Kingdoms of Amalur: Reckoning
by Nataniel Hohl
reviewed on X360
Set for success
To say that Kingdoms of Amalur: Reckoning, developed by Big Huge Games and published by Electronic Arts, is not your everyday RPG would be a huge understatement. Featuring a completely original setting and lore penned by legendary fantasy author R.A. Salvatore, monsters designed by Todd McFarlane, the popular graphic artist who worked on the comic-book world Spawn, and being led by Elder Scrolls III and IV head designer Ken Rolston, Reckoning has set rather a high bar for itself. But is it able to meet the expectations?
Life finds a way...
Reckoning starts up by immediately throwing the player a curve ball: you’re dead. Or, to be more specific, you *were* dead but thanks to a large and mysterious device known as the Well of Souls, you have been brought back to life with no memory of who you were or how you died in the first place. After a brief session of getting to pick their character’s race, facial features and name, the player is dumped into the bowels of the Well of Souls and their subsequent resurrection and escape serve as the game’s tutorial as well as the opening backdrop for its plot.
As the player picks up scant details about the Well’s creation and the gnomes who keep it running, they learn the basics of movement and combat and manage to piece together some rudimentary arms and armour to help them defeat the mysterious bad guys who have suddenly shown up and started slaying the Well’s inhabitants. After a brief meeting with the Well’s creator, the player manages to escape into the world above and from there they are free to choose their own path.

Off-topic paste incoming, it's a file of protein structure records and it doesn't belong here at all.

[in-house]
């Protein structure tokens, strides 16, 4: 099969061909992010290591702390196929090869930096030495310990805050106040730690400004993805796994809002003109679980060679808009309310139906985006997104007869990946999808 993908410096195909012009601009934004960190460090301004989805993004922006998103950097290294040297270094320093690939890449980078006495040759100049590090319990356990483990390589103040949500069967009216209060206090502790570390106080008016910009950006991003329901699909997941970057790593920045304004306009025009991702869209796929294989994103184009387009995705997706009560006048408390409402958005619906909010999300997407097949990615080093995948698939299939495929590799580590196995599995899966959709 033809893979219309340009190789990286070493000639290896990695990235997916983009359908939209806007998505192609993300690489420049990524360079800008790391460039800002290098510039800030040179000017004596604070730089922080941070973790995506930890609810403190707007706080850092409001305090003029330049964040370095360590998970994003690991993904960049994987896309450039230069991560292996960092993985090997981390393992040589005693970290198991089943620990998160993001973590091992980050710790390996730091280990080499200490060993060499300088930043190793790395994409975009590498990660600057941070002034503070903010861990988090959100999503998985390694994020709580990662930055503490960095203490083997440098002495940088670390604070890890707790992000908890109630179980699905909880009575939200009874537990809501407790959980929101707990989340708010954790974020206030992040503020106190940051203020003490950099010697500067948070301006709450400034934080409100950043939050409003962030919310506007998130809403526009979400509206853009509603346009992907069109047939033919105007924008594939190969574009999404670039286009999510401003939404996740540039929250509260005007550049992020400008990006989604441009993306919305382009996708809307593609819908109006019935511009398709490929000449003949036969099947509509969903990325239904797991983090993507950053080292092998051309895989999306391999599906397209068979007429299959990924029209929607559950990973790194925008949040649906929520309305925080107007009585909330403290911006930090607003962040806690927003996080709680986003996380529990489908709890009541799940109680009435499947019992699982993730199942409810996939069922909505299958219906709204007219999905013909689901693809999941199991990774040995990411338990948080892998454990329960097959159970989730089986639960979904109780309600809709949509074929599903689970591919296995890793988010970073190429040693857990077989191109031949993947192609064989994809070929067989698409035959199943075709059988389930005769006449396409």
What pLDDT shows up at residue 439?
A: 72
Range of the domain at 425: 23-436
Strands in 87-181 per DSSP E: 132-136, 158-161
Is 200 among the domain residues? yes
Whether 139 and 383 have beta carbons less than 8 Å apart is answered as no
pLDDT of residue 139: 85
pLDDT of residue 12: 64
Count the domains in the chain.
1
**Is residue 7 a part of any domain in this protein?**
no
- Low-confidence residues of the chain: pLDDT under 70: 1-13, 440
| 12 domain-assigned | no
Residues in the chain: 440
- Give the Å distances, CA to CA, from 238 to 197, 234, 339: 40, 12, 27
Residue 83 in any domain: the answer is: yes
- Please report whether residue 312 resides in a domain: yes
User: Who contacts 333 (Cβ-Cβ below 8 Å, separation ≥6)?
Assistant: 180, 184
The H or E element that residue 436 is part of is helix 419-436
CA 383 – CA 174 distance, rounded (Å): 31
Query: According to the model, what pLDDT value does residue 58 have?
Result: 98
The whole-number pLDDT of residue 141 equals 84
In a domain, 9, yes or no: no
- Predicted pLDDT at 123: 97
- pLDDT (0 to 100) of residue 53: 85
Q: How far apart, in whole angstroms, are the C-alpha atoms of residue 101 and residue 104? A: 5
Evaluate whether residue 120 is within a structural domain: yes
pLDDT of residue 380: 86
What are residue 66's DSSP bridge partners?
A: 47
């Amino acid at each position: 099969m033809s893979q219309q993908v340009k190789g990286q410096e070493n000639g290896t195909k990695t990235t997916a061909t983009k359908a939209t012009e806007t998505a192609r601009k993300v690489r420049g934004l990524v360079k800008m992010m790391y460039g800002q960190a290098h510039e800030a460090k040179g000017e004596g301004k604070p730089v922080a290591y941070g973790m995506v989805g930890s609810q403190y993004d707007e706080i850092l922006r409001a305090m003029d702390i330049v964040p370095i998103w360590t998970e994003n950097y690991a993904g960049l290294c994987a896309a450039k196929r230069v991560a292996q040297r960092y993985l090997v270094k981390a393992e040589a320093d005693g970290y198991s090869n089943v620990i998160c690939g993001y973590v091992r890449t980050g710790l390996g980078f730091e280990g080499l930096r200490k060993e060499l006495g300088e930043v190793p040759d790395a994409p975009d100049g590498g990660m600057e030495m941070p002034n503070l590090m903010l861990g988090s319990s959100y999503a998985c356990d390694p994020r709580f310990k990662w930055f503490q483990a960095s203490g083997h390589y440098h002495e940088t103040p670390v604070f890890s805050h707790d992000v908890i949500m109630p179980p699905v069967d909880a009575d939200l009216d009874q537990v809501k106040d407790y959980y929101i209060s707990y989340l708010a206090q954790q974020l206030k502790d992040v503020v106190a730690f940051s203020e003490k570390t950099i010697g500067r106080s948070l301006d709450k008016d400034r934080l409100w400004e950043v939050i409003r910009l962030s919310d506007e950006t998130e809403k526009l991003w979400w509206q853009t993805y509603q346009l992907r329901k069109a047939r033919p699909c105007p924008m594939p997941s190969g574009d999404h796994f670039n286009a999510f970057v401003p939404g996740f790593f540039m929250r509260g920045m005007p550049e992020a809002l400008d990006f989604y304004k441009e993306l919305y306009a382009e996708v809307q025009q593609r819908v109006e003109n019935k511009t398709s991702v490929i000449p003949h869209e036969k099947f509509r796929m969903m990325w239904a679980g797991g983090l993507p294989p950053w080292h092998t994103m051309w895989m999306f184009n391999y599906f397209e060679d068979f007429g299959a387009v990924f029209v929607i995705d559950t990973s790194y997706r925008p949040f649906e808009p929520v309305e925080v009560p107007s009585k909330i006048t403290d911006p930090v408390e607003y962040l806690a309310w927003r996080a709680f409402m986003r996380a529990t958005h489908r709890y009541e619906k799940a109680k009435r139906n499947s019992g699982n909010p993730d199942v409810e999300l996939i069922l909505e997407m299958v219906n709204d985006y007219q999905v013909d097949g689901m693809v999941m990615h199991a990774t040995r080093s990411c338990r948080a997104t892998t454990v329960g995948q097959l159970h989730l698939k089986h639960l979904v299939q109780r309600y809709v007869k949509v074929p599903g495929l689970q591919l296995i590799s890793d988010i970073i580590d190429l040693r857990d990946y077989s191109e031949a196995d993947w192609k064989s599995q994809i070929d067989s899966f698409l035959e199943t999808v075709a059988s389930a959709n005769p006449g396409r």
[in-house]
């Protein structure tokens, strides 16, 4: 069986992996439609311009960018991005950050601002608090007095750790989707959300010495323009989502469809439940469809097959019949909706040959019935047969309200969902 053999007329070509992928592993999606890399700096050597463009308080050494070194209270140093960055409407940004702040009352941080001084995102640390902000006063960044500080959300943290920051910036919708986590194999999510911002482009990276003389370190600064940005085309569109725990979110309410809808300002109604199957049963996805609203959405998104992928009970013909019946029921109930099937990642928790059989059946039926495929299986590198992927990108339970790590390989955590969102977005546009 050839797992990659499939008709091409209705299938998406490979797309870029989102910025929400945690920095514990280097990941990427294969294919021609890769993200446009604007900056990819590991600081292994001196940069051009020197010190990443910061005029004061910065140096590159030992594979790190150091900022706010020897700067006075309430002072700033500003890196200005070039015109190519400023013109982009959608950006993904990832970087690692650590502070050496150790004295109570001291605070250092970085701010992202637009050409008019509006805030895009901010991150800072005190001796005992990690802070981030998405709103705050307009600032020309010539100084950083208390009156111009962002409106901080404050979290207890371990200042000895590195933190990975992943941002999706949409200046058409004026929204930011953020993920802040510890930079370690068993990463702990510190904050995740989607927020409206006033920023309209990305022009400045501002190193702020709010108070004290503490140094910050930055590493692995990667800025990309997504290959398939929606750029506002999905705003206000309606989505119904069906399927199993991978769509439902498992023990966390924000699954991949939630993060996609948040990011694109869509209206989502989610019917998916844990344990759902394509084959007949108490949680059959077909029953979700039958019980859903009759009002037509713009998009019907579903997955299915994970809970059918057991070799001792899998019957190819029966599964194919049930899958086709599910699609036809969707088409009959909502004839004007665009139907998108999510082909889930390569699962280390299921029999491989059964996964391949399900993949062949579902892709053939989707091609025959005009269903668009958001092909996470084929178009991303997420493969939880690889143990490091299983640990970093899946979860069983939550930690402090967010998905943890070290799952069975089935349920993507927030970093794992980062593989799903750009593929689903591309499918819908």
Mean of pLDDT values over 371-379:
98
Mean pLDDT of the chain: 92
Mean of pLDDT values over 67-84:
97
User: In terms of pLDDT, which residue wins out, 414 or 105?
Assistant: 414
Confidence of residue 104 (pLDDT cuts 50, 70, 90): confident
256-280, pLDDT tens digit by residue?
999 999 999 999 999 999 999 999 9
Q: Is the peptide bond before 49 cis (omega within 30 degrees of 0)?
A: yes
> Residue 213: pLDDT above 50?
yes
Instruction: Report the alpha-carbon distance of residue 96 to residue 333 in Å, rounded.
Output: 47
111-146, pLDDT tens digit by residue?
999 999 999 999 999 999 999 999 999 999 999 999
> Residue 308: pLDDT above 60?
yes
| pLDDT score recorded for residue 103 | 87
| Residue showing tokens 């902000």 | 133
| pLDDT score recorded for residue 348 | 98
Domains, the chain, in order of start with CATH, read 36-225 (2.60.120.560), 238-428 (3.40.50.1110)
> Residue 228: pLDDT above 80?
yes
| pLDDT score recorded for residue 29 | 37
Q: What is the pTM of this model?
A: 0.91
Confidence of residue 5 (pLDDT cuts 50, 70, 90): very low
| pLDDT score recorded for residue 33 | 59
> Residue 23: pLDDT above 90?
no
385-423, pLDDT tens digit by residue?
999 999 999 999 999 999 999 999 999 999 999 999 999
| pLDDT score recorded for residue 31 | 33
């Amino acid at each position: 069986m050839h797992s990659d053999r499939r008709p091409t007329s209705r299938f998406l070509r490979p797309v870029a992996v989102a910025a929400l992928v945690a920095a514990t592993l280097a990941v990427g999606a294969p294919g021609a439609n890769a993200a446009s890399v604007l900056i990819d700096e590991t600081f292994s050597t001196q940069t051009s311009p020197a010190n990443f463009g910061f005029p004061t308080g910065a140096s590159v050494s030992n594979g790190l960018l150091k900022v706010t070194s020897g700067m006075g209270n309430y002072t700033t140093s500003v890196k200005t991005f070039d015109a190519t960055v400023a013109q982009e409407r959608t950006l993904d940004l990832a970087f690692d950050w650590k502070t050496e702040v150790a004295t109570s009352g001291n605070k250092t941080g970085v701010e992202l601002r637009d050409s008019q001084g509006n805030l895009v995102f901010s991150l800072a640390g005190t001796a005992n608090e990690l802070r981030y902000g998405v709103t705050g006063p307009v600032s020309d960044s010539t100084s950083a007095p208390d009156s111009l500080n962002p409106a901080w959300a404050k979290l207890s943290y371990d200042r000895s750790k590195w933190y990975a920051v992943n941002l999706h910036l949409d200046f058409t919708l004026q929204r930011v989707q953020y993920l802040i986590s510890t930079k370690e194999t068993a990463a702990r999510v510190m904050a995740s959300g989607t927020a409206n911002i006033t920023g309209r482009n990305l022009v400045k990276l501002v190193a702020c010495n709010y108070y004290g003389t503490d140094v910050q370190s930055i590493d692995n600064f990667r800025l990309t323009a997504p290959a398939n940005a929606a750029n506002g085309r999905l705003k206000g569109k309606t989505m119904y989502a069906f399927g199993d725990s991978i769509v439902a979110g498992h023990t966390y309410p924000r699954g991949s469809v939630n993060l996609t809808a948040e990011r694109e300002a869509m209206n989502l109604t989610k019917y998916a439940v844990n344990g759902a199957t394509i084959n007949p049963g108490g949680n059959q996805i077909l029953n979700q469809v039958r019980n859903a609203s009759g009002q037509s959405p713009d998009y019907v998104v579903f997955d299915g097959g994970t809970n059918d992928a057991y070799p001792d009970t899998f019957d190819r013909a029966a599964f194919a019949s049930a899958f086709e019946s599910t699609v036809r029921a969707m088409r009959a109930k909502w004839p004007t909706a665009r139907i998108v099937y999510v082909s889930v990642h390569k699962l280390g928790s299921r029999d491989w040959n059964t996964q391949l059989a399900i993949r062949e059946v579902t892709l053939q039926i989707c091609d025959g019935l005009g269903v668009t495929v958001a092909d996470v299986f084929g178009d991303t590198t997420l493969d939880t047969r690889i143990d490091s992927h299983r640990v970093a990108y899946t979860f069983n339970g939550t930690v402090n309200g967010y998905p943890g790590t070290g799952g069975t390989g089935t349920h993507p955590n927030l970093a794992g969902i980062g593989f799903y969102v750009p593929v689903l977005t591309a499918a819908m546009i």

Down the rabbit hole...
The first thing most players will likely notice as they take their first steps into the above-ground world of Amalur is how darn colourful it is. Bright vibrant visuals seep into every single one of Reckoning’s varied environments from lush green forests to expansive red canyons and deserts and the deep purples and blues that swirl around some of the more magic-touched areas in the game, and even the menacing yellows and sickening greens of the game’s swamps add another layer of depth and immersion to the world.
Some have criticized Reckoning’s colorful coating as being too cartoony or too “World of Warcraft-esque” and while the large intake of colour and ambiance can be a bit overwhelming if you’re used to more conservative palettes like Skyrim, its emphasis on making its areas feel alive and ambient is still one of Reckoning’s greatest strengths when it comes to making itself stand out from most other RPG’s.
An immersive and fun adventure for those who may have grown bored of Skyrim
A convoluted story and MMO-esque traits might turn some folks off